This month NIMH will announce awards for two groundbreaking initiatives, both funded in part by ARRA funds. The Collaborative Study of Suicidality and Mental Health in the U.S. Army is an unprecedented collaboration with the U.S. Army, for an epidemiologic study of mental health, psychological resilience, suicide risk, suicide-related behaviors, and suicide deaths in the U.S. Army. The overall objective of this more than $50M project will be to evaluate multiple determinants of suicide-related events, including potentially protective mechanisms, with the intent of informing the development of effective strategies for mitigating suicide risk and enhancing the resilience of Army personnel across all phases of Army service. The second initiative, the Recovery after an Initial Schizophrenic Episode (RAISE) project, also a large-scale research project, will explore whether using early and aggressive treatment, individually targeted and integrating a variety of different therapeutic approaches, will reduce the symptoms and prevent the gradual deterioration of functioning that are characteristic of chronic schizophrenia. The hope is that a coordinated approach tailored to each individual and sustained over time may make lasting differences in the acceptability of treatment and overall function.

Supporting early stage scientists is the goal of another new initiative. The Biobehavioral Research Awards for Innovative New Scientists (BRAINS) program will support the research and research career development of outstanding scientists who are in the early, formative stages of their careers. This award, modeled on the NIH Pioneer Award and the National Institute of Environmental Health Sciences (NIEHS) ONES Award, is intended to provide sufficient support ($1.625M/5 years direct cost) at an early stage to allow innovation and exploratory research. Each year, the BRAINS program will focus on a specific gap area related to the Institute´s mission. In this inaugural year, neurodevelopment was the focus. The first class of BRAINS awardees will be announced later this summer. The focus for 2010 will be announced in September.

Finally, I would also like to update you on enhancements to the NIH peer review system that are now underway. Among these changes is an updating of the scoring system using a scale of 1-9 (1=exceptional, 9=poor) for both individual criterion scores and overall impact/priority scores. In addition, starting with applications submitted for the January 2010 due date, grant application formats will be restructured to be shorter in length with realigned sections to match the review criteria. NIH has been setting the stage for these changes by informing its staff and the broader scientific research community through communications such as policy notices in the NIH Guide for Grants and Contracts, briefings to NIH Councils, training for NIH staff, press releases, newsletter articles, and Listserv communications. In addition to providing these resources, the Enhancing Peer Review Web site is regularly updated, and a dedicated e-mail box for questions from the public has been created. An overview of the implementation timetable is also available.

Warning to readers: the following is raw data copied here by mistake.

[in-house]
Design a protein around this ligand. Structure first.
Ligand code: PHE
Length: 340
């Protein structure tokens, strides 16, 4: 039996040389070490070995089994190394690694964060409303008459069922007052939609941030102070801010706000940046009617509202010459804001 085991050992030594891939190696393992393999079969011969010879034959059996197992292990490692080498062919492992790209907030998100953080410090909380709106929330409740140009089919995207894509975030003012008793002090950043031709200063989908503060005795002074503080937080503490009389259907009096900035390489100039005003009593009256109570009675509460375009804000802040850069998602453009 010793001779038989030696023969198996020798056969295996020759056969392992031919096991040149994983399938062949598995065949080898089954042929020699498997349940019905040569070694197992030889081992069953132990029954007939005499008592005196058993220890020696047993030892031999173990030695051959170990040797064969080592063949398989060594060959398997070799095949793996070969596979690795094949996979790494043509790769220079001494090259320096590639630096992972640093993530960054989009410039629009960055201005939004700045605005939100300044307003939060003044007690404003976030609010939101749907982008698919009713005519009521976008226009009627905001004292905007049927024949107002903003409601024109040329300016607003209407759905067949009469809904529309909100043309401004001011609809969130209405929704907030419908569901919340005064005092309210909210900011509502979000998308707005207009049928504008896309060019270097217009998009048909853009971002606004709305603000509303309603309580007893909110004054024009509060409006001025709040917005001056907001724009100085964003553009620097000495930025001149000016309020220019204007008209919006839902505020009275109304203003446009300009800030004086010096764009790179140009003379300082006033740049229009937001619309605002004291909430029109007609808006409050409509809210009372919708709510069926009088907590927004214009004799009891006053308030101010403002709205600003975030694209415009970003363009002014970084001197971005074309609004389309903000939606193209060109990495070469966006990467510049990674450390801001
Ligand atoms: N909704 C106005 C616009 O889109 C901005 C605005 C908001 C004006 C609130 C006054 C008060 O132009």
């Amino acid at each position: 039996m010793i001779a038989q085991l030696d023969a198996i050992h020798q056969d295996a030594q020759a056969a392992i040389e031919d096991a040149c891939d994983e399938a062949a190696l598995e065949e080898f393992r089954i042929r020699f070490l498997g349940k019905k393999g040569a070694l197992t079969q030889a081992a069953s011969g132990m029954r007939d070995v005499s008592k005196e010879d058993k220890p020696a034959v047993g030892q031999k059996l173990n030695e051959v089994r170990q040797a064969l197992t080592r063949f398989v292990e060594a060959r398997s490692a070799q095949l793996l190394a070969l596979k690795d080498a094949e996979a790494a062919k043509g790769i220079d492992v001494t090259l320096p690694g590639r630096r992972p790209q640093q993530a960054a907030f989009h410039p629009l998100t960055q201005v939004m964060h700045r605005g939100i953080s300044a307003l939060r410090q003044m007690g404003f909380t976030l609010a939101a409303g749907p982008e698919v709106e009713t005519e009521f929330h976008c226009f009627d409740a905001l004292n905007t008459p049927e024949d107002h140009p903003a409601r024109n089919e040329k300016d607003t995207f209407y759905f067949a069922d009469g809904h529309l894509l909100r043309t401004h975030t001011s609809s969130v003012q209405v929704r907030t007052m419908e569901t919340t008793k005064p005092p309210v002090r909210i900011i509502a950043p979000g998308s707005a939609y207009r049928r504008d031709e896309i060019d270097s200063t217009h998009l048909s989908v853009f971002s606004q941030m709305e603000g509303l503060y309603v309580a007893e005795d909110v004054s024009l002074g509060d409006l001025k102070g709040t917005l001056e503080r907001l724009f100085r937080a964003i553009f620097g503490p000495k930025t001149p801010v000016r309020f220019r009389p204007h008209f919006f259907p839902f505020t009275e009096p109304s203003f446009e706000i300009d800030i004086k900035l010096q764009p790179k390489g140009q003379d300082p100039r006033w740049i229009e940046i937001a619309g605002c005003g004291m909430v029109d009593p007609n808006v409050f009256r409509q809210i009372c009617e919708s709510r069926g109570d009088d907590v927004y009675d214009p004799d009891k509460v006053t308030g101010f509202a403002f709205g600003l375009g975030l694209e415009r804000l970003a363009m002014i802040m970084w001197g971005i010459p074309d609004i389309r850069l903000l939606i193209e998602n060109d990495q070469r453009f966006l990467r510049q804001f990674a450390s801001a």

New Announcements about Funding Opportunities

Each week, NIH electronically distributes the NIH GUIDE, a listing of all NIH Funding Opportunity Announcements (FOAs), which include requests for applications (RFAs), program announcements (PAs), and important notices for the scientific community. Below is a selection of recently issued FOAs in which NIMH participates. The Research Funding page on the NIMH Web site has links to listings of all NIMH FOAs and other resources.

Note: You can subscribe to the NIMH Funding Opportunities ListServ to receive the latest information about RFAs and other research funding opportunities from NIMH, as well as administrative updates and changes to grant policies and procedures. You can also subscribe to a separate ListServ to receive weekly e-mails of the NIH GUIDE.

NIMH-Collaborative Requests for Applications

Development and Translation of Medical Technologies that Reduce Health Disparities

This FOA, administered by the National Institute of Biomedical Imaging and Bioengineering (NIBIB), solicits Small Business Innovation Research (SBIR) grant applications from small business concerns (SBCs) that propose to develop and translate medical technologies aimed at reducing disparities in healthcare access and health outcomes. Appropriate medical technologies should be effective, affordable, culturally acceptable, and deliverable to those who need them.

Release Date: December 16, 2008; Expiration Date: January 8, 2010

  • NIH GUIDE version of the R43/R44 announcement (RFA-EB-09-001)

Microbicide Innovation Program (MIP V)